RCCOLA

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Is the best way to do all of this with a siphon?
For me having spigots on my buckets eliminates having to siphon but if you don't then yes siphon is the best way.Just make sure everything is sanitized.If you don't have a siphon starter then you can boil and cool some water and fill your sanitized hose up w/ it in a loop,dunk one end in the beer -the other in the bottom of your 2ndry and the flow will start itself as long as the 2ndry is lower than the primary.I wouldn't put my mouth on the hose-too ez to contaminate.
 
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LovesMeSomeBeer

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Okay, it's decision time. Tomorrow should make 3 days of identical hydrometer readings and now I have to decide what to do. Right? I will have some time Friday and Saturday. This trappist ale will have been in the primary 13 days this coming Saturday. Would you move it secondary? Or bottle it? I won't have a chance to bottle again for 2 more weeks so if don't bottle it or move it, that would have it in the primary for 4 weeks total. So would I be better off with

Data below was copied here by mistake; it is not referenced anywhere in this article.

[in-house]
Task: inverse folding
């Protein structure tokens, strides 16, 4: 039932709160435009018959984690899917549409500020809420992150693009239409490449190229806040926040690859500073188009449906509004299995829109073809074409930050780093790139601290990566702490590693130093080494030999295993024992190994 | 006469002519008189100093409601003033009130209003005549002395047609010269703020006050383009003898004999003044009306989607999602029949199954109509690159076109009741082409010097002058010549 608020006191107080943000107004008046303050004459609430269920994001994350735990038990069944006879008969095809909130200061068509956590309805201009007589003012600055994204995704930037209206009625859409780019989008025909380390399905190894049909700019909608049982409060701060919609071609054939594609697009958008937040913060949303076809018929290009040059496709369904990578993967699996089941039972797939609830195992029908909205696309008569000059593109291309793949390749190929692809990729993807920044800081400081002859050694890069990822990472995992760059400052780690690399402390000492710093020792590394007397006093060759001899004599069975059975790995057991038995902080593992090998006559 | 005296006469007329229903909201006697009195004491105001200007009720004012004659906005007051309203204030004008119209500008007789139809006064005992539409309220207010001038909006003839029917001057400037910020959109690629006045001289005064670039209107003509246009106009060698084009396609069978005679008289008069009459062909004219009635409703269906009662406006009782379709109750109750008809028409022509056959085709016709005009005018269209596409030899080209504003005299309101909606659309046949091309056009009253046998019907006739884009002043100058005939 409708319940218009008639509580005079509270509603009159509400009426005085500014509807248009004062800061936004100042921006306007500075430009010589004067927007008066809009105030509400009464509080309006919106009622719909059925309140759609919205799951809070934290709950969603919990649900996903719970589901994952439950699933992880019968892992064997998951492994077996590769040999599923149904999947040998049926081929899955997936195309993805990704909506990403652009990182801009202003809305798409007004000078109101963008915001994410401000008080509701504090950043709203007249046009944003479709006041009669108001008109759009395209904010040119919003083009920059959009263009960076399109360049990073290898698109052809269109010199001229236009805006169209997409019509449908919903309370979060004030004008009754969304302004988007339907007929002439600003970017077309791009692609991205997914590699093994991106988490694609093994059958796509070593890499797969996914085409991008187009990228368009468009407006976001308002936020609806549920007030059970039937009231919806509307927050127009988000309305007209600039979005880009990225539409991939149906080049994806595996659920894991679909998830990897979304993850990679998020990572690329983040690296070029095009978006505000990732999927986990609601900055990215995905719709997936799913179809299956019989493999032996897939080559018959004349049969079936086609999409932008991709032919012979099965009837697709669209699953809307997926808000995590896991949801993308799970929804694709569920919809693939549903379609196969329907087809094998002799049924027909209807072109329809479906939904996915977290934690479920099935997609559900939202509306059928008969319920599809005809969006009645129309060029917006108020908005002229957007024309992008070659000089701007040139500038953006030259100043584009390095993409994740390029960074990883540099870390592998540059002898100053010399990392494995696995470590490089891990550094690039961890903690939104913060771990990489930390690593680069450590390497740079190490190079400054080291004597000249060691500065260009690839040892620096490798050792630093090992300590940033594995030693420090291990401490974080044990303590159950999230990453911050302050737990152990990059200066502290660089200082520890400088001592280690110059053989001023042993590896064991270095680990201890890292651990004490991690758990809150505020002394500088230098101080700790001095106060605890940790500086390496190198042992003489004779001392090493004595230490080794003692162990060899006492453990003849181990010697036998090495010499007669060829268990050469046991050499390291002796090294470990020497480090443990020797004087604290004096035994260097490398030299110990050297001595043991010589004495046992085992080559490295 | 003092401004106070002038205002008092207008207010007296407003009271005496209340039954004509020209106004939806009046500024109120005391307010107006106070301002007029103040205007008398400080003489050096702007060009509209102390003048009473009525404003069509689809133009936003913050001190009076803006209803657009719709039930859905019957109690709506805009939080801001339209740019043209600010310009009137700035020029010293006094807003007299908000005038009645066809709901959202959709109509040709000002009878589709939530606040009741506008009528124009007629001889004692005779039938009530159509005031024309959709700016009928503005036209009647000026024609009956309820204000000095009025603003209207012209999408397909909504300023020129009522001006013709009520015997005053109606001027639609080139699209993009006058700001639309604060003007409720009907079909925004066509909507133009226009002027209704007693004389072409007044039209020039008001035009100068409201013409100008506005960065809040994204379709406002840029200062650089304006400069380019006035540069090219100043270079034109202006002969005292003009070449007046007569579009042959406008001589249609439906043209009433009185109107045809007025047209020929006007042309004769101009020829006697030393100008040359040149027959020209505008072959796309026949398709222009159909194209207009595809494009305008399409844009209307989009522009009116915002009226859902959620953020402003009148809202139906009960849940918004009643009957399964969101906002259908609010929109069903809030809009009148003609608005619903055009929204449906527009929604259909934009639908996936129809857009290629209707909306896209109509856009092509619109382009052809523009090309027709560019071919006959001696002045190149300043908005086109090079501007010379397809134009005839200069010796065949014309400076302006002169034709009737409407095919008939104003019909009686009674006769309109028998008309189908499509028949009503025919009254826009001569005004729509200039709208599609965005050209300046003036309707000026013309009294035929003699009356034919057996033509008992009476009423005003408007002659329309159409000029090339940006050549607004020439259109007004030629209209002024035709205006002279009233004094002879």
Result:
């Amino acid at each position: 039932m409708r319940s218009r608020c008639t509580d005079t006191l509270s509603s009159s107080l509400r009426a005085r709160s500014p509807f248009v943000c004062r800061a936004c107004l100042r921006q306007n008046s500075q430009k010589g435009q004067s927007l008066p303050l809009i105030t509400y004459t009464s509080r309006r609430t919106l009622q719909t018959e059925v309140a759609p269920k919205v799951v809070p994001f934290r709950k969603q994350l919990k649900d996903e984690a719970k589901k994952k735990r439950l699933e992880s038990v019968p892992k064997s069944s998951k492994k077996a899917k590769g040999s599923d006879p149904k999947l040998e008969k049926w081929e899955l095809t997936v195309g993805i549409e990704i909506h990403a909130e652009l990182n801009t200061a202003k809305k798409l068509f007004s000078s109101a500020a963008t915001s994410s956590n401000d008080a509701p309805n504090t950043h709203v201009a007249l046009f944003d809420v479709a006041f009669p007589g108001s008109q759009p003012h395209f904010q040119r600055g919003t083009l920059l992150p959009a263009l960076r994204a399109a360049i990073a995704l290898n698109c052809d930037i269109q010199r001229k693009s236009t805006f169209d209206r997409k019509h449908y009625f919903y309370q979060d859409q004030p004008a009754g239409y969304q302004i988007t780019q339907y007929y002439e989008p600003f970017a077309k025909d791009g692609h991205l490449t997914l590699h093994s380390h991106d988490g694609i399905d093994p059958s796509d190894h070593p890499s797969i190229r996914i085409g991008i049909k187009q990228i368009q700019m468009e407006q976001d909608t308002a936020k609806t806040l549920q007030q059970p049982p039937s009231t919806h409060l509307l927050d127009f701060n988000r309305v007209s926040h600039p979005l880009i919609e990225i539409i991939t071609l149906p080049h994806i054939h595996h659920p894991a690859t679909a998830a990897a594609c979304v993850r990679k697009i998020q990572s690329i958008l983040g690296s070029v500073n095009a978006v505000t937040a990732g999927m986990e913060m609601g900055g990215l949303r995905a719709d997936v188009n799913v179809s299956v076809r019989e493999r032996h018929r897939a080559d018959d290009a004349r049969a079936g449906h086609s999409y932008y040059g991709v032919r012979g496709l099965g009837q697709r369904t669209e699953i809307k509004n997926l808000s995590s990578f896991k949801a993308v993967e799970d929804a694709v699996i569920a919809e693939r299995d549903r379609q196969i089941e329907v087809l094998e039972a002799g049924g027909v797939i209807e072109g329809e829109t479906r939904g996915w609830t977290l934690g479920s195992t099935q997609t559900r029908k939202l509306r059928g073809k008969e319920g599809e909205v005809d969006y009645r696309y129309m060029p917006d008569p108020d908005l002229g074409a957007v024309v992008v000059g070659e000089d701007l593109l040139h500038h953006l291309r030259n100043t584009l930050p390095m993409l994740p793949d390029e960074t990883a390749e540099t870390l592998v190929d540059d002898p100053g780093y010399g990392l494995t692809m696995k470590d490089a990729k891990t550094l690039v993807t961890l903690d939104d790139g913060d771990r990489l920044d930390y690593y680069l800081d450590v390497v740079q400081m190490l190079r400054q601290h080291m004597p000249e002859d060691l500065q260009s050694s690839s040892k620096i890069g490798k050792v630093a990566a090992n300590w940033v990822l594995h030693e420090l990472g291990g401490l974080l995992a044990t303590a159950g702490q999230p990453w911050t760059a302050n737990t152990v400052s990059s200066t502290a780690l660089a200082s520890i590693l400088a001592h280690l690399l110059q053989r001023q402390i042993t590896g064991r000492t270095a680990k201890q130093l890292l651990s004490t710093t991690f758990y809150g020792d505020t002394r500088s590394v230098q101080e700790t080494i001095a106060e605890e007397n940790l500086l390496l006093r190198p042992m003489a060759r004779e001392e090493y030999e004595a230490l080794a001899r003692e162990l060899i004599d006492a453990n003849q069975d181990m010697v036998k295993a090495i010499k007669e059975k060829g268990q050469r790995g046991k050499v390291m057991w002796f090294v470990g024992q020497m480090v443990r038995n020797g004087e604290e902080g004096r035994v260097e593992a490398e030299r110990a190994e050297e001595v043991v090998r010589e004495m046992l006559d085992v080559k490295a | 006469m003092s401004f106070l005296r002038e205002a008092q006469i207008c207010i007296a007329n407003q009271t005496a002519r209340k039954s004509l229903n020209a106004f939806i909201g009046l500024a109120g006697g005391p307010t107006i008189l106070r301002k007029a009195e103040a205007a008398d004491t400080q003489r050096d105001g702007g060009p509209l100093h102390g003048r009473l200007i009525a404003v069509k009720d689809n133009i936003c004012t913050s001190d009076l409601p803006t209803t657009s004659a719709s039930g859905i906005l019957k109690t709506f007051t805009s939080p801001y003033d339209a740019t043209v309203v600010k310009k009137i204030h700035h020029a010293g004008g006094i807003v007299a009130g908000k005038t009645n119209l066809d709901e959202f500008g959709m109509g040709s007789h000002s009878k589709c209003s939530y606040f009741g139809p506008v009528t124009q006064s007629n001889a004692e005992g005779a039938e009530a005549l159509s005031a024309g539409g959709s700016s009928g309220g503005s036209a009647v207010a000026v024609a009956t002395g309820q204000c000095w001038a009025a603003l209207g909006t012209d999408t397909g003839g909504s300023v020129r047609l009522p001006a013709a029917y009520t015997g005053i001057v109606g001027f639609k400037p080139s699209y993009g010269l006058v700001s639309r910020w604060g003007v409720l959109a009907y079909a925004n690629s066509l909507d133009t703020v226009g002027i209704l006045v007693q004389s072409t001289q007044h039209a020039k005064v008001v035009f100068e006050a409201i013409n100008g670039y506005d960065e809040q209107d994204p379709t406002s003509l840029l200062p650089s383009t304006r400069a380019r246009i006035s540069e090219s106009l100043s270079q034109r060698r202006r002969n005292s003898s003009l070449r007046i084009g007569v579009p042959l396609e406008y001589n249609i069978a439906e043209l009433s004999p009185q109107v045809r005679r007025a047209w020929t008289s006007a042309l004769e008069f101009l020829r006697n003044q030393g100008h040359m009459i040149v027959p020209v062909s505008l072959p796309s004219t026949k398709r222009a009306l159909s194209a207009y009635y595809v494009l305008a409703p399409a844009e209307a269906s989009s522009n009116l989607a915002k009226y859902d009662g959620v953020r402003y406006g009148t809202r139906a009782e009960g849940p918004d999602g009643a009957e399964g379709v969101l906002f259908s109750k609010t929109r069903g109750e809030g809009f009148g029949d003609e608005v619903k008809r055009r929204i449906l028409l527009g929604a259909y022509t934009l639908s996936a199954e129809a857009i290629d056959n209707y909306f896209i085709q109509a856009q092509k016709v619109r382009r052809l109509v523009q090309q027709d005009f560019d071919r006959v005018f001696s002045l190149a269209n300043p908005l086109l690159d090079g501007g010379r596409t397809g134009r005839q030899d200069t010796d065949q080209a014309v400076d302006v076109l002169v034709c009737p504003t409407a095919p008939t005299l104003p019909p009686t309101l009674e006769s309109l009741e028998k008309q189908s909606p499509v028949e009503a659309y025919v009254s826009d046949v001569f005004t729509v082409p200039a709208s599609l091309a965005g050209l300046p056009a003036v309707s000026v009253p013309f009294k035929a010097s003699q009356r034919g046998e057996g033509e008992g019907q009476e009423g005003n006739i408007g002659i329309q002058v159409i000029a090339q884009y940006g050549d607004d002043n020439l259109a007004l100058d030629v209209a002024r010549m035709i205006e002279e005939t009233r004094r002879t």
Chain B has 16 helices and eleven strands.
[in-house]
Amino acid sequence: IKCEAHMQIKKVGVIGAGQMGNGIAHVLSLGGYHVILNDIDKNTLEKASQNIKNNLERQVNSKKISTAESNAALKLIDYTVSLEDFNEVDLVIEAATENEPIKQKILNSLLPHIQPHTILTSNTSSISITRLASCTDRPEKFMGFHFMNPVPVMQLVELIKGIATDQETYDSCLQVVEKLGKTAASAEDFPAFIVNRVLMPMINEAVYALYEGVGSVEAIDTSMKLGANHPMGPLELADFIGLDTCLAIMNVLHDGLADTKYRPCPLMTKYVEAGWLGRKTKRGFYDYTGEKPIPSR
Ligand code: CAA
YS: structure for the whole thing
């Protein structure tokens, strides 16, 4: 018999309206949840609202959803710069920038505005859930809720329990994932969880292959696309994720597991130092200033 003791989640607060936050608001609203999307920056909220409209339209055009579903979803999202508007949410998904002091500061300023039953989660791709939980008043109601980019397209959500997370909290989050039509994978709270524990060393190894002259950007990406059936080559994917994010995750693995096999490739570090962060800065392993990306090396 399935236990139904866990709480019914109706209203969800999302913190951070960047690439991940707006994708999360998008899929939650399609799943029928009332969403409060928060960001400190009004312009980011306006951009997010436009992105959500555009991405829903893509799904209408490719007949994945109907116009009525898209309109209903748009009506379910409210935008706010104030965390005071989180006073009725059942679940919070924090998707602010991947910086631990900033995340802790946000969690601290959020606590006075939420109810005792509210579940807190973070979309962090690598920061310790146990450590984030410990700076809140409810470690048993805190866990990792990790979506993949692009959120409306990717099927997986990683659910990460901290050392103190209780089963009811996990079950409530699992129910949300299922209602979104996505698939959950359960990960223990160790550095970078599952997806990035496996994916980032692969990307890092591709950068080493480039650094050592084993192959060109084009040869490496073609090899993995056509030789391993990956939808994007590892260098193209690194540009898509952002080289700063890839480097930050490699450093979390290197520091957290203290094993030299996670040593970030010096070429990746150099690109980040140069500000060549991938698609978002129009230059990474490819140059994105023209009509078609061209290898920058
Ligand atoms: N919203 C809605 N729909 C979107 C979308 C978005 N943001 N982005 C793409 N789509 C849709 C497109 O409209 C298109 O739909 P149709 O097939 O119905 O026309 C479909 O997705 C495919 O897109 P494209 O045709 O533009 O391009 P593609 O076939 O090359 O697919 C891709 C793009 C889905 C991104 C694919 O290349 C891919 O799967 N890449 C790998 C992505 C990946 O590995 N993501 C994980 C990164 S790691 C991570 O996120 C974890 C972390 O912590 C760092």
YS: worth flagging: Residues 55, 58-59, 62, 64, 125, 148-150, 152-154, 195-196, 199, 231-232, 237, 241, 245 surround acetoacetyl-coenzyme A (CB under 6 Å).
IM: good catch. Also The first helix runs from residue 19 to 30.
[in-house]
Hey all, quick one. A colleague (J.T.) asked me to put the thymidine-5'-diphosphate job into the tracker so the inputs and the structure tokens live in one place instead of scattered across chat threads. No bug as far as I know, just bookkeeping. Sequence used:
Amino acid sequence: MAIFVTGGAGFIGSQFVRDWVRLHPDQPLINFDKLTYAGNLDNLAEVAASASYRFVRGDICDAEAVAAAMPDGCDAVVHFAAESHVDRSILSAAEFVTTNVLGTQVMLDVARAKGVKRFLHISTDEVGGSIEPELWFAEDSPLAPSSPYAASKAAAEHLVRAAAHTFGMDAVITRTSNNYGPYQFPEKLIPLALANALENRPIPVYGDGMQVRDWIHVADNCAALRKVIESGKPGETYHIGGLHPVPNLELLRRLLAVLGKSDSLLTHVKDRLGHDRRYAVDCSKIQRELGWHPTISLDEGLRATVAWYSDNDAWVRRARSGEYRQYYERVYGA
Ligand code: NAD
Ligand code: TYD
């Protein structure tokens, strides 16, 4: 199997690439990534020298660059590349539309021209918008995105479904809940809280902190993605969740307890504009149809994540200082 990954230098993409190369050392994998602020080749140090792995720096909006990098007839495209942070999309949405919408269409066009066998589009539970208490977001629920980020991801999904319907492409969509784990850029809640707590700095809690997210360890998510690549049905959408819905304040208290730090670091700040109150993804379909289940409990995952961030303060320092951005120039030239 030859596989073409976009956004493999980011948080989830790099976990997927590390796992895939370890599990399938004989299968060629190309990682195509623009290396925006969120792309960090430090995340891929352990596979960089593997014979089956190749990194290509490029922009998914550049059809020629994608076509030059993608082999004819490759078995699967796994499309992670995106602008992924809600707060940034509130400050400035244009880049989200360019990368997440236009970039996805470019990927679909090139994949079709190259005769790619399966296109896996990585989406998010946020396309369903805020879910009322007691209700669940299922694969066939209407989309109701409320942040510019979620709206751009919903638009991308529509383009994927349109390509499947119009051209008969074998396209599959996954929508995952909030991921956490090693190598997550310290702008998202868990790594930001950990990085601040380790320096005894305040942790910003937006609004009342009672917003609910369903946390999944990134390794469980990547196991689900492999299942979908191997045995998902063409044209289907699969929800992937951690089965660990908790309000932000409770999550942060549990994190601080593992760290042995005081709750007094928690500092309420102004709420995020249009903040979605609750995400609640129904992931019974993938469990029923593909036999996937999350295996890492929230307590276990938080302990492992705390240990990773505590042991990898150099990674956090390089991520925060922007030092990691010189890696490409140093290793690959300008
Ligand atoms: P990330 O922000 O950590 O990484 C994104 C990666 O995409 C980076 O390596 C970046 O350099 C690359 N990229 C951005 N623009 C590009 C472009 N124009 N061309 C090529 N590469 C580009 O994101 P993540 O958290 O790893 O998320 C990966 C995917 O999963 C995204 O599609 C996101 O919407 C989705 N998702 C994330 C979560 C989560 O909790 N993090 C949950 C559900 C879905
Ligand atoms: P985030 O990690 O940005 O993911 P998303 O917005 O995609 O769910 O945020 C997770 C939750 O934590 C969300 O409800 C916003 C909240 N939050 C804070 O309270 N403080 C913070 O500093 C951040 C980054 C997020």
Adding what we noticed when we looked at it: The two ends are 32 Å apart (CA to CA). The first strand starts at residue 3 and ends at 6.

1) 12-13 days in primary, then bottle
2) 12-13 day in primary, then 14 days in secondary, then bottle
3) 28 days in primary, then bottle
 

ifishsum

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I'd do either #2 or #3, most often #3 because I usually want to start another batch right away in the primary. But 4 weeks in the primary won't hurt anything either if you don't need it for another batch. Either way will make good beer IMO (except for option #1)
 

RCCOLA

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I'd do either #2 or #3, most often #3 because I usually want to start another batch right away in the primary. But 4 weeks in the primary won't hurt anything either if you don't need it for another batch. Either way will make good beer IMO (except for option #1)
+1 to that.I would do option#2 and you will make good,clear beer.
 
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LovesMeSomeBeer

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Thanks, y'all. I'll probably do #2 -- I have another recipe kit in the basement begging to be made so I could use the primary for that. Thanks again.